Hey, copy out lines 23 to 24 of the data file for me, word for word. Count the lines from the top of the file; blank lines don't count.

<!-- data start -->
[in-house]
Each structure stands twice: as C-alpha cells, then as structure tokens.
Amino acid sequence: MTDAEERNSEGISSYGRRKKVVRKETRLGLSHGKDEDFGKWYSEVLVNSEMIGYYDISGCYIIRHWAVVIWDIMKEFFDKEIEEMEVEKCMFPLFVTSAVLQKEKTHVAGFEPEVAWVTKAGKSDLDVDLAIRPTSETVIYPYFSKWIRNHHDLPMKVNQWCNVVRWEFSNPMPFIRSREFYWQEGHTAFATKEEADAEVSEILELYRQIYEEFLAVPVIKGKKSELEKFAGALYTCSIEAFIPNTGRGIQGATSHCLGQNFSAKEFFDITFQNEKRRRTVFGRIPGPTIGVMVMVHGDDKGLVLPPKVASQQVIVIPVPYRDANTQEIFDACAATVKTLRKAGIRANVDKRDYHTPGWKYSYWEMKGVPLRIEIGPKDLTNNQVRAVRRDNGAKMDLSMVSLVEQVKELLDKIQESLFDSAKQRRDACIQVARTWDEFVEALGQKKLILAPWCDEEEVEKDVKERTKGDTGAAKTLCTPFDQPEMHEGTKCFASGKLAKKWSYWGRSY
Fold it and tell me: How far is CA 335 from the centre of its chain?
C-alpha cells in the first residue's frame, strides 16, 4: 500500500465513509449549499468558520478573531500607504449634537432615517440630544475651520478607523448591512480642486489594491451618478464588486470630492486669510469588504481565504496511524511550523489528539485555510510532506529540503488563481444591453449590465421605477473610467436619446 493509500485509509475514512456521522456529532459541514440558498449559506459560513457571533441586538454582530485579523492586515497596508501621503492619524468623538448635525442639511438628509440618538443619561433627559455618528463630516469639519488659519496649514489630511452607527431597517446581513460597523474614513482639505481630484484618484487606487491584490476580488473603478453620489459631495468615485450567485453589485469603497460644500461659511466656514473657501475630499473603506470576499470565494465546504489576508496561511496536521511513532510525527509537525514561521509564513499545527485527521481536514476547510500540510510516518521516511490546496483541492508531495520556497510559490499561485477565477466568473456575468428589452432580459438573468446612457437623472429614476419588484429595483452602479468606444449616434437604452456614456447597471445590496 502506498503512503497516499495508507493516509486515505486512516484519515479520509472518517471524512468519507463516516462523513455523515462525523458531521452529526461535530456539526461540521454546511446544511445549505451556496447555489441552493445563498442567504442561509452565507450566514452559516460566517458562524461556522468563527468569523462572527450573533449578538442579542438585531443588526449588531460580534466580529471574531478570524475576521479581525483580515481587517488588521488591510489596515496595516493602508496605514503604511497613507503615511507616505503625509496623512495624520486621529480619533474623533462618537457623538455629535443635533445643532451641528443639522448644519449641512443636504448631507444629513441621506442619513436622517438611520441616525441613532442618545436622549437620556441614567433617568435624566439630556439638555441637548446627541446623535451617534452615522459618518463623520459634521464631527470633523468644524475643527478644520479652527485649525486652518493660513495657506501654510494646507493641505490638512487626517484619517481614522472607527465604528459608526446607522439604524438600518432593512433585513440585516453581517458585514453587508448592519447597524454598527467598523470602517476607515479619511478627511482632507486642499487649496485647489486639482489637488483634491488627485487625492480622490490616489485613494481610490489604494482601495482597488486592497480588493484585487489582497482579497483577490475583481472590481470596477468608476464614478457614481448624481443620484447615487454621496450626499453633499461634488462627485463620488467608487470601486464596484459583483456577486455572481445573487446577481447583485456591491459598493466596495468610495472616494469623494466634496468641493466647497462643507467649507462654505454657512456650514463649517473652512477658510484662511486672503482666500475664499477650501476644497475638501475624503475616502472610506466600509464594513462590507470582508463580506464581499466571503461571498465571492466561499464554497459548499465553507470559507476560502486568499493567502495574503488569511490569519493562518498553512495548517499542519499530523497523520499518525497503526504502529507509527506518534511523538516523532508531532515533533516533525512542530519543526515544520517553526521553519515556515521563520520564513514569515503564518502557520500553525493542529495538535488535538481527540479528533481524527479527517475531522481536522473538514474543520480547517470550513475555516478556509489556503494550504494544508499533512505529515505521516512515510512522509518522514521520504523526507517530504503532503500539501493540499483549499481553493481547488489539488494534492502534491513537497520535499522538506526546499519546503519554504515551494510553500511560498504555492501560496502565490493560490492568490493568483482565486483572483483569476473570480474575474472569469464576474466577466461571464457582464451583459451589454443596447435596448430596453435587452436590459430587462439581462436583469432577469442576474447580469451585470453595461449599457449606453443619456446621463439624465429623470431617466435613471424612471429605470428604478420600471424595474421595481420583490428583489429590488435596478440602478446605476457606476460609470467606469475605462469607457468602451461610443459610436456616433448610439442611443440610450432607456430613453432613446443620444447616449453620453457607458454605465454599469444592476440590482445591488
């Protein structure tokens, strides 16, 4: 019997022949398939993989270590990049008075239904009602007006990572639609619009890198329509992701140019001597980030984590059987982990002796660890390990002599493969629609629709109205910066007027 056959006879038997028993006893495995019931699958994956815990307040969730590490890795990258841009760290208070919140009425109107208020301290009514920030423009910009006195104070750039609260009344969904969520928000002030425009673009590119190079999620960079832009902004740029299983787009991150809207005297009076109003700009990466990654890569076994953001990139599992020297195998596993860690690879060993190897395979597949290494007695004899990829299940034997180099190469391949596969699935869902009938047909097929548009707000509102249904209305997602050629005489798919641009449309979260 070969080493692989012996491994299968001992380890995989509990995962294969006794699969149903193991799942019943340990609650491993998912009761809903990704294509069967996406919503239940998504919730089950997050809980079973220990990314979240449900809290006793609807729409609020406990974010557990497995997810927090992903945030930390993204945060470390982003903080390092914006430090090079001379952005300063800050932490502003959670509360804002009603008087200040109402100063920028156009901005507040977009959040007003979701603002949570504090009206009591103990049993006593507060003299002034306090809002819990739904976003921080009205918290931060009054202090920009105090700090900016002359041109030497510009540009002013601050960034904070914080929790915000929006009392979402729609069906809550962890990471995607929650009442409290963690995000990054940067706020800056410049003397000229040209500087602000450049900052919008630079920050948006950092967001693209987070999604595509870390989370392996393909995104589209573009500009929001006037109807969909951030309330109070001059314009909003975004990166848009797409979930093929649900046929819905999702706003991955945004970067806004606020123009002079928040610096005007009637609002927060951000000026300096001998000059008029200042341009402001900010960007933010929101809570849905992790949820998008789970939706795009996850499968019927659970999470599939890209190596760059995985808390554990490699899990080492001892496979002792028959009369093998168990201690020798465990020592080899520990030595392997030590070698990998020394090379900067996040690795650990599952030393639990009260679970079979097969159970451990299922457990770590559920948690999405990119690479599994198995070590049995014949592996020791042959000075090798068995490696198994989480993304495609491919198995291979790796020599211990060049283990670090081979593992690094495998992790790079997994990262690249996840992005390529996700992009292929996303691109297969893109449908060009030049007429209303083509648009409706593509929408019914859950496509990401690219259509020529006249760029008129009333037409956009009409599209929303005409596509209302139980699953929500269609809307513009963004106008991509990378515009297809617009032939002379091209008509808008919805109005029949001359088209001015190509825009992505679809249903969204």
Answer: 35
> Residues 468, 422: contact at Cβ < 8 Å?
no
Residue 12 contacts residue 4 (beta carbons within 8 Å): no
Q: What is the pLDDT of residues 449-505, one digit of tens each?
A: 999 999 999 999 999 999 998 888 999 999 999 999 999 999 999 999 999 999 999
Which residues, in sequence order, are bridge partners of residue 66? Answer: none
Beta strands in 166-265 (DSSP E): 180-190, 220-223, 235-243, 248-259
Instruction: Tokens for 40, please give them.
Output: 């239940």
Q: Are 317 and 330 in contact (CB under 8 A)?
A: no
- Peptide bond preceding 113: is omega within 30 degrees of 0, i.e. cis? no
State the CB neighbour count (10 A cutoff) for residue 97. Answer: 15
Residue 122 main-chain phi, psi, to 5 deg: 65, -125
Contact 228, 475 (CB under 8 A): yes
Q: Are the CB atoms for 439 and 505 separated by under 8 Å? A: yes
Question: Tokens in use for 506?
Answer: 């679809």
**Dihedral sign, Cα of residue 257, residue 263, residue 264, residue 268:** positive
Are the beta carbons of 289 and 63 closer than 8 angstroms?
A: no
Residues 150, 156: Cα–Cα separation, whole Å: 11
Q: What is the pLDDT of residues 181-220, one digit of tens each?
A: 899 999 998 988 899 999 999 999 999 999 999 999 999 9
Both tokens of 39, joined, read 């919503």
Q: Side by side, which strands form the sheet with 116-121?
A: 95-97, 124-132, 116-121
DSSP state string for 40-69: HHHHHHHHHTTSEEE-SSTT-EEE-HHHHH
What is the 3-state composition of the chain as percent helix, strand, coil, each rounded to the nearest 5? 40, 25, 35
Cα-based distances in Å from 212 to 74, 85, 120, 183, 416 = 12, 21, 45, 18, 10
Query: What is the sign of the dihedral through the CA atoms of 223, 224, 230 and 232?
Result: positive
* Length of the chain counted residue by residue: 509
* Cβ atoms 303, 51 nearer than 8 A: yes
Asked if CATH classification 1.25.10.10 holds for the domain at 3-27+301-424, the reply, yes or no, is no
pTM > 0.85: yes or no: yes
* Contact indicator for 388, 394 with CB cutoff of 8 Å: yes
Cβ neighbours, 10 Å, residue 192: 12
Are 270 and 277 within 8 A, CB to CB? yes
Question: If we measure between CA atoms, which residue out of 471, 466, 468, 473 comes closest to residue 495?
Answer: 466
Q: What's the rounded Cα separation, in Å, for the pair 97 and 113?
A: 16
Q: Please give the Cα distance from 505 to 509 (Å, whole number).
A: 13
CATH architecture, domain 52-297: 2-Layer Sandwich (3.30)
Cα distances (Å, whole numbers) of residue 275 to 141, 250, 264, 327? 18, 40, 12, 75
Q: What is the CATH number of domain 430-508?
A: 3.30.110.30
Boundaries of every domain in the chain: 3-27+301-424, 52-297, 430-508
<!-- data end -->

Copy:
Q: Are the CB atoms for 439 and 505 separated by under 8 Å? A: yes
Question: Tokens in use for 506?